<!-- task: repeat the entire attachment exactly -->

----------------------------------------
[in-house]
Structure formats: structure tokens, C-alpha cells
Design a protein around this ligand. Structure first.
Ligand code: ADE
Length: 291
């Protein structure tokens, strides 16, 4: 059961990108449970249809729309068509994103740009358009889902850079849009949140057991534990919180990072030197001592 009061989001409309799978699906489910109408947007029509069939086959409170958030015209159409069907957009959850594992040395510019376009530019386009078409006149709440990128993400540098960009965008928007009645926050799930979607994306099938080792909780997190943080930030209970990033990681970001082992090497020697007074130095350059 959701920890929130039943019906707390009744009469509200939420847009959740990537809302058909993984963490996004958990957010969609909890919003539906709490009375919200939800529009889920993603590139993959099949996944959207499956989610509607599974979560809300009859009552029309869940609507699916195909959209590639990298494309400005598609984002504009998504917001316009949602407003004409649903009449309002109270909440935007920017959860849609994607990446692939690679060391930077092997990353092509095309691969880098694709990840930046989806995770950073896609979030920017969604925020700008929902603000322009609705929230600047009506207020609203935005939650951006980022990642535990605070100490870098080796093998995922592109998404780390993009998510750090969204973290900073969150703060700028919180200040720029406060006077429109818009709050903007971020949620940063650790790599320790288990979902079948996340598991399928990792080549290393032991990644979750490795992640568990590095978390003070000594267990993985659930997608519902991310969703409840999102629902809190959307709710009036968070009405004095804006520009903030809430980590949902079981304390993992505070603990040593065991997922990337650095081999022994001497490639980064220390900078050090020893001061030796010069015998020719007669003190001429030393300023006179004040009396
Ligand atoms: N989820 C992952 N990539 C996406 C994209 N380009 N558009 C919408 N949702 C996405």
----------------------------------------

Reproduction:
[in-house]
Structure formats: structure tokens, C-alpha cells
Design a protein around this ligand. Structure first.
Ligand code: ADE
Length: 291
């Protein structure tokens, strides 16, 4: 059961990108449970249809729309068509994103740009358009889902850079849009949140057991534990919180990072030197001592 009061989001409309799978699906489910109408947007029509069939086959409170958030015209159409069907957009959850594992040395510019376009530019386009078409006149709440990128993400540098960009965008928007009645926050799930979607994306099938080792909780997190943080930030209970990033990681970001082992090497020697007074130095350059 959701920890929130039943019906707390009744009469509200939420847009959740990537809302058909993984963490996004958990957010969609909890919003539906709490009375919200939800529009889920993603590139993959099949996944959207499956989610509607599974979560809300009859009552029309869940609507699916195909959209590639990298494309400005598609984002504009998504917001316009949602407003004409649903009449309002109270909440935007920017959860849609994607990446692939690679060391930077092997990353092509095309691969880098694709990840930046989806995770950073896609979030920017969604925020700008929902603000322009609705929230600047009506207020609203935005939650951006980022990642535990605070100490870098080796093998995922592109998404780390993009998510750090969204973290900073969150703060700028919180200040720029406060006077429109818009709050903007971020949620940063650790790599320790288990979902079948996340598991399928990792080549290393032991990644979750490795992640568990590095978390003070000594267990993985659930997608519902991310969703409840999102629902809190959307709710009036968070009405004095804006520009903030809430980590949902079981304390993992505070603990040593065991997922990337650095081999022994001497490639980064220390900078050090020893001061030796010069015998020719007669003190001429030393300023006179004040009396
Ligand atoms: N989820 C992952 N990539 C996406 C994209 N380009 N558009 C919408 N949702 C996405």